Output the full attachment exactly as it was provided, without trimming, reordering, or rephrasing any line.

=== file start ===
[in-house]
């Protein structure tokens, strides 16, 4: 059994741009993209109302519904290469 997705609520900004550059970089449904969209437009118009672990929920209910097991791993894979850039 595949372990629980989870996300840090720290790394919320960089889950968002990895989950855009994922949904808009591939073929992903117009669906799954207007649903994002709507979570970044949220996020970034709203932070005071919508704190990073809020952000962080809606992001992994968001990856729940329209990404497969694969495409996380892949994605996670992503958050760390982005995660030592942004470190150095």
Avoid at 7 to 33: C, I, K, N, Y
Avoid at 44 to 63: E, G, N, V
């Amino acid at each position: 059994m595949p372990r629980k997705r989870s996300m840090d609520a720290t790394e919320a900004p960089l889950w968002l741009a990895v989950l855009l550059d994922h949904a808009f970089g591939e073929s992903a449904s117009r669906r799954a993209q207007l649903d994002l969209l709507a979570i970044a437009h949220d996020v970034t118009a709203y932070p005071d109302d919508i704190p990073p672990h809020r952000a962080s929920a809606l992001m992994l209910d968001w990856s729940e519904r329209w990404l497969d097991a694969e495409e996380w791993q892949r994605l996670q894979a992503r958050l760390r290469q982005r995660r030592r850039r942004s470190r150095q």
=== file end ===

[in-house]
């Protein structure tokens, strides 16, 4: 059994741009993209109302519904290469 997705609520900004550059970089449904969209437009118009672990929920209910097991791993894979850039 595949372990629980989870996300840090720290790394919320960089889950968002990895989950855009994922949904808009591939073929992903117009669906799954207007649903994002709507979570970044949220996020970034709203932070005071919508704190990073809020952000962080809606992001992994968001990856729940329209990404497969694969495409996380892949994605996670992503958050760390982005995660030592942004470190150095």
Avoid at 7 to 33: C, I, K, N, Y
Avoid at 44 to 63: E, G, N, V
């Amino acid at each position: 059994m595949p372990r629980k997705r989870s996300m840090d609520a720290t790394e919320a900004p960089l889950w968002l741009a990895v989950l855009l550059d994922h949904a808009f970089g591939e073929s992903a449904s117009r669906r799954a993209q207007l649903d994002l969209l709507a979570i970044a437009h949220d996020v970034t118009a709203y932070p005071d109302d919508i704190p990073p672990h809020r952000a962080s929920a809606l992001m992994l209910d968001w990856s729940e519904r329209w990404l497969d097991a694969e495409e996380w791993q892949r994605l996670q894979a992503r958050l760390r290469q982005r995660r030592r850039r942004s470190r150095q």